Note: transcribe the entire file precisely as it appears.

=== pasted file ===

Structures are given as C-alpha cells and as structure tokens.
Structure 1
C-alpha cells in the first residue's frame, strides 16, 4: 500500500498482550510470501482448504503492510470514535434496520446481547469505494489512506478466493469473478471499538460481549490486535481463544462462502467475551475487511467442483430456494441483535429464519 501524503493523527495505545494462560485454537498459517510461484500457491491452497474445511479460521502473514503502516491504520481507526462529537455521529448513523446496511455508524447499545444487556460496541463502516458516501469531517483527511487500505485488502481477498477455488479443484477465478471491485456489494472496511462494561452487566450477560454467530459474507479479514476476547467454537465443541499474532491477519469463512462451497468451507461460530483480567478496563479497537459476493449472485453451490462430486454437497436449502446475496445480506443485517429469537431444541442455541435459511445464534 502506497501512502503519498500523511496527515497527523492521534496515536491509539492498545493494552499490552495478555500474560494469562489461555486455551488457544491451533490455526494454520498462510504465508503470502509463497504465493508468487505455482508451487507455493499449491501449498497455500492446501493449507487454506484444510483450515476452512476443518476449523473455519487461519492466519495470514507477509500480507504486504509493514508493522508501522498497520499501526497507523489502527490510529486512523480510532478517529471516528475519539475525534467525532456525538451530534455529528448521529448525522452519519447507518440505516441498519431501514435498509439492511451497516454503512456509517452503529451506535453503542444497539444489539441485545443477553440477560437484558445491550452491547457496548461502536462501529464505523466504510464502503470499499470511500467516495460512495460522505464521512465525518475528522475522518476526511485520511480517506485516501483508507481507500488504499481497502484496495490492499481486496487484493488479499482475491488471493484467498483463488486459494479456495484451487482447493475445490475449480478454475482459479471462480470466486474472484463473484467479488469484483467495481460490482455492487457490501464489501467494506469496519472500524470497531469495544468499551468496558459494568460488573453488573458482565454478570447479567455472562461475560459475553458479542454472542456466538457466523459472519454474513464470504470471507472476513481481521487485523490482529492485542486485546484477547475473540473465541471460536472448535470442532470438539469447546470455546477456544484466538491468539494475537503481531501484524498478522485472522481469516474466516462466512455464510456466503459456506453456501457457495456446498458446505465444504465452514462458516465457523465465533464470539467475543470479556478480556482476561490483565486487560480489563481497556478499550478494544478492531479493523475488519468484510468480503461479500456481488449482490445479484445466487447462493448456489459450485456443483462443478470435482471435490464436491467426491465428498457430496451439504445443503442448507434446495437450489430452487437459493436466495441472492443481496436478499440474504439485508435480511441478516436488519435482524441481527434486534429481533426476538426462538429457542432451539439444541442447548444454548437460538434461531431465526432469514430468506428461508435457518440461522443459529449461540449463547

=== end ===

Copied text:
Structures are given as C-alpha cells and as structure tokens.
Structure 1
C-alpha cells in the first residue's frame, strides 16, 4: 500500500498482550510470501482448504503492510470514535434496520446481547469505494489512506478466493469473478471499538460481549490486535481463544462462502467475551475487511467442483430456494441483535429464519 501524503493523527495505545494462560485454537498459517510461484500457491491452497474445511479460521502473514503502516491504520481507526462529537455521529448513523446496511455508524447499545444487556460496541463502516458516501469531517483527511487500505485488502481477498477455488479443484477465478471491485456489494472496511462494561452487566450477560454467530459474507479479514476476547467454537465443541499474532491477519469463512462451497468451507461460530483480567478496563479497537459476493449472485453451490462430486454437497436449502446475496445480506443485517429469537431444541442455541435459511445464534 502506497501512502503519498500523511496527515497527523492521534496515536491509539492498545493494552499490552495478555500474560494469562489461555486455551488457544491451533490455526494454520498462510504465508503470502509463497504465493508468487505455482508451487507455493499449491501449498497455500492446501493449507487454506484444510483450515476452512476443518476449523473455519487461519492466519495470514507477509500480507504486504509493514508493522508501522498497520499501526497507523489502527490510529486512523480510532478517529471516528475519539475525534467525532456525538451530534455529528448521529448525522452519519447507518440505516441498519431501514435498509439492511451497516454503512456509517452503529451506535453503542444497539444489539441485545443477553440477560437484558445491550452491547457496548461502536462501529464505523466504510464502503470499499470511500467516495460512495460522505464521512465525518475528522475522518476526511485520511480517506485516501483508507481507500488504499481497502484496495490492499481486496487484493488479499482475491488471493484467498483463488486459494479456495484451487482447493475445490475449480478454475482459479471462480470466486474472484463473484467479488469484483467495481460490482455492487457490501464489501467494506469496519472500524470497531469495544468499551468496558459494568460488573453488573458482565454478570447479567455472562461475560459475553458479542454472542456466538457466523459472519454474513464470504470471507472476513481481521487485523490482529492485542486485546484477547475473540473465541471460536472448535470442532470438539469447546470455546477456544484466538491468539494475537503481531501484524498478522485472522481469516474466516462466512455464510456466503459456506453456501457457495456446498458446505465444504465452514462458516465457523465465533464470539467475543470479556478480556482476561490483565486487560480489563481497556478499550478494544478492531479493523475488519468484510468480503461479500456481488449482490445479484445466487447462493448456489459450485456443483462443478470435482471435490464436491467426491465428498457430496451439504445443503442448507434446495437450489430452487437459493436466495441472492443481496436478499440474504439485508435480511441478516436488519435482524441481527434486534429481533426476538426462538429457542432451539439444541442447548444454548437460538434461531431465526432469514430468506428461508435457518440461522443459529449461540449463547